America’s daily news discussion show Inside Story with Ray Suarez on February 9. The occasion for the segment was the announced release of Harper Lee’s new novel, Go Set a Watchman, due out in July 2015 from HarperCollins. Audrey was part of a panel, including Lee biographer Charles Shields and Los Angeles Times writer Carolyn Kellog. (We’d love to share the video, but, unfortunately, Al-Jazeera can’t make it publicly available due to its cable agreements.)
The new novel is a big story for a range of reasons, including the fact that Lee has been a literary recluse. To Kill a Mockingbird is a widely beloved text, so many, many readers are thrilled about this publishing event.
During the program, Ray asked Audrey about the fact that Mockingbird continues to be so widely read and taught. It’s a curious phenomenon. Why do some texts become canonical? Why do teachers continue to teach certain texts year after year, and in this case generation after generation? Perhaps it’s because Atticus represents, in some ways, the best of what we want to imagine about America: a just, courageous man willing to stand up despite public opprobrium.
But, let’s be clear. Atticus’s heroism isn’t so simple. Remember, he doesn’t volunteer to defend Tom Robinson; he’s unequivocal about the fact that he doesn’t want the case: “I’d hoped to get through life without a case of this kind, but [Judge] John Taylor pointed at me and said, `You’re It.’”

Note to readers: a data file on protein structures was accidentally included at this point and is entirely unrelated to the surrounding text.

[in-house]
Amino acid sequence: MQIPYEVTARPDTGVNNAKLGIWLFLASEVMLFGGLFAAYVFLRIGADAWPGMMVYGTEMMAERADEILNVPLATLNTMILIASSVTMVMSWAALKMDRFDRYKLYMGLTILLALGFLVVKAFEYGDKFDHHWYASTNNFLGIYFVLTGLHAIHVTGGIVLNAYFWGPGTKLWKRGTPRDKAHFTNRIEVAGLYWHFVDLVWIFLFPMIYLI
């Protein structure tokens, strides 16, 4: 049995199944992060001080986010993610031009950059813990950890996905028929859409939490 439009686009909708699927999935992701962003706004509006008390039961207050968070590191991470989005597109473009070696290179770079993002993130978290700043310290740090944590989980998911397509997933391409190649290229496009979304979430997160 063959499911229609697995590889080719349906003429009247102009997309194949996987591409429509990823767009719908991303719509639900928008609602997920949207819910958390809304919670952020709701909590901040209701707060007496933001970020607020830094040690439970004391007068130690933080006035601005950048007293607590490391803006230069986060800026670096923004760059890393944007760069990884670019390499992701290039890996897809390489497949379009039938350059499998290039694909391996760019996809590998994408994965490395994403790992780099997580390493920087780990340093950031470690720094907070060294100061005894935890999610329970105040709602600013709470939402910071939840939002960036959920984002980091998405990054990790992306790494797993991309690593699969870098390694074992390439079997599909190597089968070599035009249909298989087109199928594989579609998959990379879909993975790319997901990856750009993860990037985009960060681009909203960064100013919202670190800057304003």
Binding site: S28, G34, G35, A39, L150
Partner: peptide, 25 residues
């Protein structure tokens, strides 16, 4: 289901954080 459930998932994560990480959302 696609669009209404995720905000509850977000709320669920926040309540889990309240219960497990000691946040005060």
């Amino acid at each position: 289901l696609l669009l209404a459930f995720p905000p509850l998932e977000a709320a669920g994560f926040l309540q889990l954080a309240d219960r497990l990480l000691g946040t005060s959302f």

Mockingbird may offer us the attraction of a fairly simple story of good and bad. Tom Robinson is good; Bob Ewell is bad. Issues of race are usually a lot more complicated than that and can be a lot harder to navigate.
A skilled teacher can unpack many of the nuances in Mockingbird, but it isn’t easy. Why does Lee make a point of including Walter Cunningham in the group of men who set out to lynch Tom Robinson? How does Cunningham’s presence in this group and his willingness to be talked down from the brink by Scout relate to his social status as a proud man, caught up in the economic tangle of an entailment and the Depression? What are we to make of Lula, the combative African-American woman who confronts Calpurnia and makes clear that the Finch children are not welcome at the African-American church?
For a skilled teacher, this is a fascinating text full of complexity about race and many, many issues.
The bigger point, however, is that teaching literature is always hard. Whether we are teaching Mockingbird or any other text, it’s not easy to get students to make connections and care about the text. If we forget to ask ourselves why we are teaching these texts and why they matter, how can we expect our students to be able to do the same?
For us, the informational text mandate of the Common Core is the welcome reminder we need. When we think about what kinds of informational text connections we want to make with Mockingbird – for example, to the issue of lawyers willing to defend the detainees at Guantanamo – we make clear, for ourselves and our students, why this text still matters.
Meanwhile, we are super curious and excited about what Go Set a Watchman has to offer. How can we not be?